RTI International is one of the world's leading research institutes, dedicated to improving the human condition by turning knowledge into practice. Our staff of more than 3,700 provides research and technical services to governments and businesses in more than 75 countries in the areas of health and pharmaceuticals, education and training, surveys and statistics, advanced technology, international development, economic and social policy, energy and the environment, and laboratory testing and chemical analysis. For more information, visit www.rti.org.

I just couldn't seem to get the colors right from the copy and paste, but if you're interested, go or listen anyway.
 

Monday, May 16, 2016

Tweets from APA

APA is in Atlanta this year and I'm not there.  ClinkShrink and Roy are, however, and they are tweeting. With their permission, here's a sampling of what's Twitter-worthy.  I was told not to discuss the zombie game.

May 15

Atul Gawande: "Assisted dying is about our failure to give assisted living."
 
May 15
Atul Gawande: "Your wellbeing is bigger than your health." opening ceremony 

Today Assembly voted to adopt a position against euthanasia of people with mental illness.

I will vote for any presidential candidate who mandates and enforces the Oxford comma.  

Awesome demo of in-home by Jay Shore & “Rachel” (patient actor). Makes it real

Shore: considerations for in-home .
Roywrote and  retweeted:Great book to pick up at . Thank you, Patrick!

I’ll be signing copies of A Common Struggle in the Exhibit Hall at 1 PM—stop by and say hello.
 
APA President-elect Dr Maria Oquendo discusses the year ahead & some key priorities

Bennett: “In rural Illinois, the price of gas dictates whether patients show up.” The value of .  

In sum, ClinkShrink is thinking about physician assisted suicide (thumbs down for patients with psychiatric disorders) and Roy is thinking about telepsychiatry.
The Zombies are on their own. 




Friday, May 13, 2016

Book News and More


Greetings from Baltimore -- and if you're looking for me at APA in Atlanta this year -- do look for both Roy and ClinkShrink instead--they are both there as APA Assembly members. I decided a while back that a Springtime graduation was all the traveling I wanted to do, and I am pleased to tell you that all went well with my youngest's graduation from #GoBlue.  I enjoyed Michael Bloomberg's commencement speech, the dinners, the celebrating, being with family, seeing my lovely daughter thrive, and knowing that for the foreseeable future, there is no college tuition to be paid.  Young One is off for a couple of weeks in the Middle East traveling and will then work as a camp counselor for the summer before moving across the country to teach biology and conservation in an outdoor school.  She's an adventurer.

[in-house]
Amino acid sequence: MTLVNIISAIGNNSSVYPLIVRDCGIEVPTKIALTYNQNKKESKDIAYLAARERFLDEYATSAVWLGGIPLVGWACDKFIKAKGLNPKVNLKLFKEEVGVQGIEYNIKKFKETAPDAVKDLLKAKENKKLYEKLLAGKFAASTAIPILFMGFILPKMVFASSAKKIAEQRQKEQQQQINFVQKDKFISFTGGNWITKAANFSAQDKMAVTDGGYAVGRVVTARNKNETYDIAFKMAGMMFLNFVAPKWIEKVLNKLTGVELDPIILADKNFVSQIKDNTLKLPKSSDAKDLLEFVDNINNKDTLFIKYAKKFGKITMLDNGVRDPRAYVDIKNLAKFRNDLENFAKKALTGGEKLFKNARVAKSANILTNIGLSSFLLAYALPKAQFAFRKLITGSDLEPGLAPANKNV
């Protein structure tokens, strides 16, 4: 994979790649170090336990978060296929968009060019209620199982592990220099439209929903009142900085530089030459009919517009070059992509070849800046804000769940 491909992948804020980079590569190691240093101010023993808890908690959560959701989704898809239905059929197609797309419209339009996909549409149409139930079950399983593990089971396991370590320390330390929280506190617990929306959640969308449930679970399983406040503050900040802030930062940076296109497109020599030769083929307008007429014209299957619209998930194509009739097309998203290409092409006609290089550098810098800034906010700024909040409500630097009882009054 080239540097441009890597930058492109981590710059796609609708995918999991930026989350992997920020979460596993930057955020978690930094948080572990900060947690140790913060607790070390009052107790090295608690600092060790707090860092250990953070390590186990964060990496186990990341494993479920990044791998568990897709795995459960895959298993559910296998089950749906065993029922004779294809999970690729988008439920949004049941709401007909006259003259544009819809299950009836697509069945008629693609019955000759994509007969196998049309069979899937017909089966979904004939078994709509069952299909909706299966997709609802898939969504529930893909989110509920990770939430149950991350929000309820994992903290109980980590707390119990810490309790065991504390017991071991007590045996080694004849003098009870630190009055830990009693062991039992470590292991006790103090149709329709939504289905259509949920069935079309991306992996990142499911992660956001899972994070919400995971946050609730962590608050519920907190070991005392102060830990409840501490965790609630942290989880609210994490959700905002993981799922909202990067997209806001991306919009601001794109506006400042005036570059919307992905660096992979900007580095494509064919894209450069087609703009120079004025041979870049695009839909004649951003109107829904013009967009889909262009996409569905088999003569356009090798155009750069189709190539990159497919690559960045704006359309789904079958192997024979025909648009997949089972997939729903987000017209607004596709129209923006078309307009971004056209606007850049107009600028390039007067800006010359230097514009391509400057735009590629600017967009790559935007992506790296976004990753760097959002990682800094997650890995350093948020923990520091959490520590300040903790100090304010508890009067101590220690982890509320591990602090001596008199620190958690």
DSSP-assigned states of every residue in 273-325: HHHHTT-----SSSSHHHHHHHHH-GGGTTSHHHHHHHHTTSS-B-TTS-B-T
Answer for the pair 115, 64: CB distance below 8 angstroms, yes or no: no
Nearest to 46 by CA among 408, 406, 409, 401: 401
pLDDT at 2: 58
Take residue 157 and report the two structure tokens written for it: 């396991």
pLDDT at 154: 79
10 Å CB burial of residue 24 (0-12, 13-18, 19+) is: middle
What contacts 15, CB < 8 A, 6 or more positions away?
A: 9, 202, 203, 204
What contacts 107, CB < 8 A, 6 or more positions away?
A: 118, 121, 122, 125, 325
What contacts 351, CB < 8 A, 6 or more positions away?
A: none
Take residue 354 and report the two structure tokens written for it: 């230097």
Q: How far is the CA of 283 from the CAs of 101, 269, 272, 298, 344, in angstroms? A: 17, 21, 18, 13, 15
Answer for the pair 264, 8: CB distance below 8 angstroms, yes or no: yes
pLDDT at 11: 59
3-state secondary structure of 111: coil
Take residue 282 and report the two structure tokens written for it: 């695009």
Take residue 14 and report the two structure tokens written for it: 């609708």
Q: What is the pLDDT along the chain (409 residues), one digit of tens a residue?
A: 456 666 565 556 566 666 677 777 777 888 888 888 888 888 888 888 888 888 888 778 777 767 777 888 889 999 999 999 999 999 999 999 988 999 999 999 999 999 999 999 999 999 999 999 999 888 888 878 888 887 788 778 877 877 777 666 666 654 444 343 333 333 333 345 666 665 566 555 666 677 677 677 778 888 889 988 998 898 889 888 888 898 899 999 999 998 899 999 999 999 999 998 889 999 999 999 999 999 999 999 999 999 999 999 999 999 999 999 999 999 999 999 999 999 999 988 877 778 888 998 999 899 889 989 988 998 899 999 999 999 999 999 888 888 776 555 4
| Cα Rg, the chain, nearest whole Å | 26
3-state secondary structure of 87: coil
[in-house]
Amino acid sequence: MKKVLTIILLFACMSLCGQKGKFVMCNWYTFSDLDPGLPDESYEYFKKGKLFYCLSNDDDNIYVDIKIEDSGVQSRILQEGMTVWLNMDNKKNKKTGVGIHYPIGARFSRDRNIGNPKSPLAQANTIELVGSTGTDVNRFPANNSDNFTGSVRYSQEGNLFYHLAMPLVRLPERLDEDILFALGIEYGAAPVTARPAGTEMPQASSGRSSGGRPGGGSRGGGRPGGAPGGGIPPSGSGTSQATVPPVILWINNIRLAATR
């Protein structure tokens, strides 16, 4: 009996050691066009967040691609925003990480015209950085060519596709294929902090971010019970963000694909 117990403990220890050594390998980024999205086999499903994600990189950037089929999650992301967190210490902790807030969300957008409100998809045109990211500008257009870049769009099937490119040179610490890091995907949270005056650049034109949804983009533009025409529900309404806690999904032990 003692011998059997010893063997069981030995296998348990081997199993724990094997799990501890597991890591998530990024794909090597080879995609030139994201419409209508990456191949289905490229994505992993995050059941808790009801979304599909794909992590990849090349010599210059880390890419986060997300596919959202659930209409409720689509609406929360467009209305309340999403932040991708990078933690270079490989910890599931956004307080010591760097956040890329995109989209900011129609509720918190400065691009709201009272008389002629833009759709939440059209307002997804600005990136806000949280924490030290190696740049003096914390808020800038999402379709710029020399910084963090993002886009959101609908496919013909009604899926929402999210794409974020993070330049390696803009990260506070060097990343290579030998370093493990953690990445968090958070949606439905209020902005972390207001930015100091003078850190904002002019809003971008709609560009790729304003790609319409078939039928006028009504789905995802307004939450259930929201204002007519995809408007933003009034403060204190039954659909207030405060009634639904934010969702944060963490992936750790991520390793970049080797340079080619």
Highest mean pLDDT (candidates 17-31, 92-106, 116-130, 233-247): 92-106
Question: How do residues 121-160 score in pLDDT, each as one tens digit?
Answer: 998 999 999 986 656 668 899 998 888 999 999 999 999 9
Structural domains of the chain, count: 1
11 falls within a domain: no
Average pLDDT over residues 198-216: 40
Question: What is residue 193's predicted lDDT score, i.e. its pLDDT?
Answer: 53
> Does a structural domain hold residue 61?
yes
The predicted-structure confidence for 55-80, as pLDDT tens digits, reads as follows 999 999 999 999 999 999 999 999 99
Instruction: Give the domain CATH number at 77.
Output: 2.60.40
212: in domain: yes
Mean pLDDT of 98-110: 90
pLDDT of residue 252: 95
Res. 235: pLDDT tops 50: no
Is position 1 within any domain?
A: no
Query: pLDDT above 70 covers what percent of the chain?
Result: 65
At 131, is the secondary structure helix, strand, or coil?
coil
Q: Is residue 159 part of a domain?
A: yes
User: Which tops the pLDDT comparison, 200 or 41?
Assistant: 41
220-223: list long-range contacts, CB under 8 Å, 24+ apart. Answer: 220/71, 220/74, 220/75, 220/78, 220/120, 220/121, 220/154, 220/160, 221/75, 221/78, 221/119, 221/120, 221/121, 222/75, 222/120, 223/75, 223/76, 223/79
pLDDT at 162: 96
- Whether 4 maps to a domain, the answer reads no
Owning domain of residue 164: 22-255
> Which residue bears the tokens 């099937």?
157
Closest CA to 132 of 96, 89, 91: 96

As many of you know, from many past posts, ClinkShrink and I have been working on a book since 2013 on forced/involuntary care. Many of you have helped by giving us insights into what it is to have treatments you did and didn't want, some of you (and you know who you are) are  quoted in the book, and many people led me others whom I interviewed and shadowed and learned from.   
I wanted to give you an update. The book, which we originally  called Committed: The Battle Over Forced Psychiatric Care is now called Committed: The Battle Over Involuntary Care.  We preferred the smoothness of a shorter title, and the full impact of the word 'forced,' but authors don't get the final say in book names or covers, and so a committee of marketing folks felt 'forced' conveyed the wrong message.  If you think the title isn't strong enough, don't worry, the cover art is striking and powerful.
 
The page proofs have been corrected.  Pete Earley wrote the most amazing foreword-- it's not to be missed. I love that Pete's foreword completes the book by adding the perspective of a family member in a way that only Pete can do.  So far, the publisher's reviewers have been very positive (they nix the book if they aren't), and page proofs have been sent out for cover blurbs.  Advance copies for media reviewers will be ordered and sent in June, and the official release date is November 1st, so stand by, I'll have more to say later.  The Johns Hopkins University Press Fall Catalog (see page 21) just came out, and the book has an early Amazon page, waiting for more details.  I just wanted to let you know what's happening, and for those who wonder why we've slowed down on blogging, well, there has been a lot to distract us.

 For the moment, November is tied in my head to this interminable, angst-filled presidential election and it's feeling like it can't come soon enough. 

On another personal note, I am sad to report that the giant oak tree in front of my house needs to come down, and I'm waiting for the power to go off for that to happen today.  I've been slowly mourning the loss of this tree for years.  No, it's not a person, but it's hundreds of years old and it's part of my home.